Thursday, 13 November 2014

The Unforgiving Shroud of Idealism

I was once told by an acquaintance to never be an idealist. I understand why one would give this piece of free advice to people around-an idealist will always expect things to be of a certain textbook standard and never leave enough room to accommodate others' mistakes. To summarize, such a person will always be left hanging in an uncomfortable state of limbo; neither here nor there. Always disappointed to not have received as much as they gave, always dejected to not be able to get an appropriate representation of the script they wrote for the world around and how it ought to be.

In my quest for mental peace and my impassioned pursuit of happiness over the past quarter-century, I suppose I have inadvertently and unwittingly been transformed into an idealist. Was this the deed of all the books I read over the years which advertised happy endings and perfect worlds with perfect friendships? Or perhaps the wrong doing of all the life-lessons taught to me as a child and adolescent by parents and well-wishers?
Either way, it did its job and left me in that unenviable position of living a life of great expectations and therefore, constant let-me-downs.
All those friends that you had saved from turbulent storms conveniently seemed to disappear when your wars were being waged and your body took on beatings. And sometimes, they complained of you not caring enough and not being present when you should have been. When did life become this busy whirlwind where you had to actually set aside a time to come up for air just to make sure that you didn't drown? How did the days compress into hours which flew by like seconds when you least expected them to? How did mornings turn into nights with such speed and mercilessness? Whatever happened to the world living up to be like what all our books promised?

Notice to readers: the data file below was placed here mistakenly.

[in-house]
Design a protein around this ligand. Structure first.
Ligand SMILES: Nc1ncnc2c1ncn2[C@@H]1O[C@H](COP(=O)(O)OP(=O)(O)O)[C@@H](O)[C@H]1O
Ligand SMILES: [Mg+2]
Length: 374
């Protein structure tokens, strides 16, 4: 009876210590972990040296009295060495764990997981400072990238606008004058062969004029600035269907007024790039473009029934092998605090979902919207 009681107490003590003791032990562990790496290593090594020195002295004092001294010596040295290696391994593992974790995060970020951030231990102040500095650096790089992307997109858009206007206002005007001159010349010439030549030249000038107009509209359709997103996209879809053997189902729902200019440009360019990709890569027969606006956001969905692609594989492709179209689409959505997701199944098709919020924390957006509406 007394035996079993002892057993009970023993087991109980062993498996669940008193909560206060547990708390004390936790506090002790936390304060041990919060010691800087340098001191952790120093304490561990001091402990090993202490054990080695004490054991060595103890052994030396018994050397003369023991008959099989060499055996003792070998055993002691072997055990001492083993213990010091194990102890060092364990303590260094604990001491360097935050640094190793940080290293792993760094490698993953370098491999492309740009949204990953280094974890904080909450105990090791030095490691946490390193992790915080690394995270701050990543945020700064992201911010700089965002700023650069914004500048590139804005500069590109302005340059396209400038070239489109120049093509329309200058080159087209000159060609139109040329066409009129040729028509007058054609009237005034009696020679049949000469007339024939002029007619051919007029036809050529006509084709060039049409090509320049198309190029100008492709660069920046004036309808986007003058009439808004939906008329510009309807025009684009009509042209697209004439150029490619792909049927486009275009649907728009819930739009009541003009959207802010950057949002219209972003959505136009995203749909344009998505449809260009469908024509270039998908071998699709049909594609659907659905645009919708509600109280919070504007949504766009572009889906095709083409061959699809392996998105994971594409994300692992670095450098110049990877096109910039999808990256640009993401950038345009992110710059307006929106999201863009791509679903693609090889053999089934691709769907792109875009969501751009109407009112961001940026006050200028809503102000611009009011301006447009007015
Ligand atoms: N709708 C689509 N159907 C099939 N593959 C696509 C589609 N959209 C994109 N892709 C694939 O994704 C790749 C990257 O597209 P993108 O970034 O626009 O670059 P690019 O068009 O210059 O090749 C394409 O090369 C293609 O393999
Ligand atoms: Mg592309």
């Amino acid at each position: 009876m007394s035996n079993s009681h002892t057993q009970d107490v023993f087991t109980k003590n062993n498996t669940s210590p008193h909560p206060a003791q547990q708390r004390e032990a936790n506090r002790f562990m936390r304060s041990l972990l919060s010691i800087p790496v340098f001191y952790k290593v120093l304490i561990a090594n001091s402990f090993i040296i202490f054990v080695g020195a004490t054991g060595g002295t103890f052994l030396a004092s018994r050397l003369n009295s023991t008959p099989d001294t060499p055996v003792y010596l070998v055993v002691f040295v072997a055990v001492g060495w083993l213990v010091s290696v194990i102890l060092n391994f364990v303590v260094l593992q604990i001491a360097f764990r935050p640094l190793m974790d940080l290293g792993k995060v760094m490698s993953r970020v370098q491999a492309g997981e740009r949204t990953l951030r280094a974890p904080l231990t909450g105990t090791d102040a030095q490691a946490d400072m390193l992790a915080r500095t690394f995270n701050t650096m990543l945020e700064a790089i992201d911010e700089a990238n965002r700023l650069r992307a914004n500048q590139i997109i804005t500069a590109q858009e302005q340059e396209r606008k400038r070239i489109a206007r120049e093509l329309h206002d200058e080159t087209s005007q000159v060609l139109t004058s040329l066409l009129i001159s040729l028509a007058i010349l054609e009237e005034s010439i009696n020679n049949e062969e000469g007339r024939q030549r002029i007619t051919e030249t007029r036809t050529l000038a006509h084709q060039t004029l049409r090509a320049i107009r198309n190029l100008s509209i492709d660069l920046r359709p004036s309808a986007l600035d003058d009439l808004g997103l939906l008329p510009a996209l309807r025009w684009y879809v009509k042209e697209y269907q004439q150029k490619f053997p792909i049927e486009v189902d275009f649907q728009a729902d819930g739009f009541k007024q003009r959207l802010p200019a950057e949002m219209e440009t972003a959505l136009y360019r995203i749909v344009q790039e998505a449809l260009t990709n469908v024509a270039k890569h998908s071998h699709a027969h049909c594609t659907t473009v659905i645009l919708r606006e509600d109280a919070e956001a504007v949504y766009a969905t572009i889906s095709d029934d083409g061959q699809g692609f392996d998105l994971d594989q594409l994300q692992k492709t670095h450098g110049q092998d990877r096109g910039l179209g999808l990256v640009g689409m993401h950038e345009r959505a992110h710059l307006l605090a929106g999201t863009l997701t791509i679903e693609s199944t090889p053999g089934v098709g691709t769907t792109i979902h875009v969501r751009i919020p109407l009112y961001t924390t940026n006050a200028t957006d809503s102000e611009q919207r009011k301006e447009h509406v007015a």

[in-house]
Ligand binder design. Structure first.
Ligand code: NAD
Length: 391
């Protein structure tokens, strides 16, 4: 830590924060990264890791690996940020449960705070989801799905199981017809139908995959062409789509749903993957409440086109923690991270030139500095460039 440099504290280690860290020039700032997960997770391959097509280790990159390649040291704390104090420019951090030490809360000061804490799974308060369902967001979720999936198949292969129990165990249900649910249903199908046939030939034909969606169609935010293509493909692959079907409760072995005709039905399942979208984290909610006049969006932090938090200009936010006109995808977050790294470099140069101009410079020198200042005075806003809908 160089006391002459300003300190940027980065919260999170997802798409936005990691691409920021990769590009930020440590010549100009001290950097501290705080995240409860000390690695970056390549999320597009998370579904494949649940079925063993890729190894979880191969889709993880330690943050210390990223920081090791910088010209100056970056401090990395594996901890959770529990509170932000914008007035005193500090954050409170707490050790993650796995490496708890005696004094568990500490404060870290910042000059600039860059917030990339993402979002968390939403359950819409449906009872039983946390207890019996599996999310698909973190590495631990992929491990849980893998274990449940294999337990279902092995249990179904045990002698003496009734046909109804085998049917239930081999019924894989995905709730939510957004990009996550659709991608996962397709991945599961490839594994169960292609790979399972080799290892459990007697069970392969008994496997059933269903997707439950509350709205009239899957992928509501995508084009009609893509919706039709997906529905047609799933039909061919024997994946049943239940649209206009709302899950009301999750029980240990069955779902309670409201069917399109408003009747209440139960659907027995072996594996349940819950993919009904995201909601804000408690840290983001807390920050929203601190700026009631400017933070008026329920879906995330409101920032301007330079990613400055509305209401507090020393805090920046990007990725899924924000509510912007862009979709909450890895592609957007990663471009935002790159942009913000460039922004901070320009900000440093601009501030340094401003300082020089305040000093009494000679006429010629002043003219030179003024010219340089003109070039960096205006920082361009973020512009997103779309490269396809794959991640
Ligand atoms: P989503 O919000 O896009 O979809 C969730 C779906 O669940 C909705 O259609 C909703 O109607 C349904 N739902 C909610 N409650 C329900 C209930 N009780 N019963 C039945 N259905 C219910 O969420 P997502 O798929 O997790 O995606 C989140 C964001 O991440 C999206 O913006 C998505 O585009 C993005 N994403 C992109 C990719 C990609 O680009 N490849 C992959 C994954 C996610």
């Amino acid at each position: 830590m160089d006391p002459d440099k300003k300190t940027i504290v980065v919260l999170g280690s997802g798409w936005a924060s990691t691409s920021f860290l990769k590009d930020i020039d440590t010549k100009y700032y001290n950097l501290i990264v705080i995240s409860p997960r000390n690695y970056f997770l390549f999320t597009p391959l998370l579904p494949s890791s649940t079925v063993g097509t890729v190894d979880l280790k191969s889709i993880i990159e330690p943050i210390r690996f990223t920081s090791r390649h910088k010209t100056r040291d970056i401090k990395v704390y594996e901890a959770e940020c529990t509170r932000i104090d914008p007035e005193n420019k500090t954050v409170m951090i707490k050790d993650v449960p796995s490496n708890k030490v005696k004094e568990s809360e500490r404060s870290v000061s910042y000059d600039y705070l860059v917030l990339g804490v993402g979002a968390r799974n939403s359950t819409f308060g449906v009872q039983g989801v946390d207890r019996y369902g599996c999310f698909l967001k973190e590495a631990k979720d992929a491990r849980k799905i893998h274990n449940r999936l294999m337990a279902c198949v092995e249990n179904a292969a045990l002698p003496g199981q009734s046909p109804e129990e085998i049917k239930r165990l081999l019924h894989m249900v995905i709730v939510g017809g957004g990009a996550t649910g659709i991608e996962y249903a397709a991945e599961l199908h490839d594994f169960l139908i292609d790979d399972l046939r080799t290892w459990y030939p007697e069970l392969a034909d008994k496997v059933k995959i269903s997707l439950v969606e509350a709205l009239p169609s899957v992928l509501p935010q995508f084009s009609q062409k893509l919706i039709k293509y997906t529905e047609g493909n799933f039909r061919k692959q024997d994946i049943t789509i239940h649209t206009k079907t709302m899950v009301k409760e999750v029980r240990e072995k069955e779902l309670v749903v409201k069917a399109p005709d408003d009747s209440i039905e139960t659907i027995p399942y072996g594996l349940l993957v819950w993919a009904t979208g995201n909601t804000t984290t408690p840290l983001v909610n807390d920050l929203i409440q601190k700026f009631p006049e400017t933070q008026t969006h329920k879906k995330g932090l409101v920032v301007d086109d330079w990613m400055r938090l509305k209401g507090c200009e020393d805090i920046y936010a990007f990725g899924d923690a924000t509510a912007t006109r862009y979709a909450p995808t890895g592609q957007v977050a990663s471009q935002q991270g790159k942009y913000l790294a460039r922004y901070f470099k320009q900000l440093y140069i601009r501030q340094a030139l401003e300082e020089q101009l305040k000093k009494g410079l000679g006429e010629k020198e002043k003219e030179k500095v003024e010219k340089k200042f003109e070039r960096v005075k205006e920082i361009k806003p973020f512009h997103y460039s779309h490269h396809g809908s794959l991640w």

I am undoubtedly naive and unarguably daft to truly have held such beliefs and expectations in my head and heart for people. I am also extremely stupid for expecting a pat on the back for something I may have done for another's benefit, even if it was devoid of any selfish intent and executed purely out of concern and a deep, understated love.

No, this world is unforgiving and harsh. People are strange and cold. Nobody stops to stare at the flowers anymore, or to even say hi and exchange a smile or two.
Idealists ought to hang their boots up in shame. Their time is past. Their reign is long over.
This world now belongs to the heaviness of a man's wallet and the mileage of his car; the length of a woman's legs and the smokiness of her voice.
No one has the time to peel layers and dig deep.
I must remember that the next time I'm in a soup and expect a friend to turn up or help out. That's the thing about great expectations-they always fall, ungracefully and unattractively, flat on their porcelain faces.

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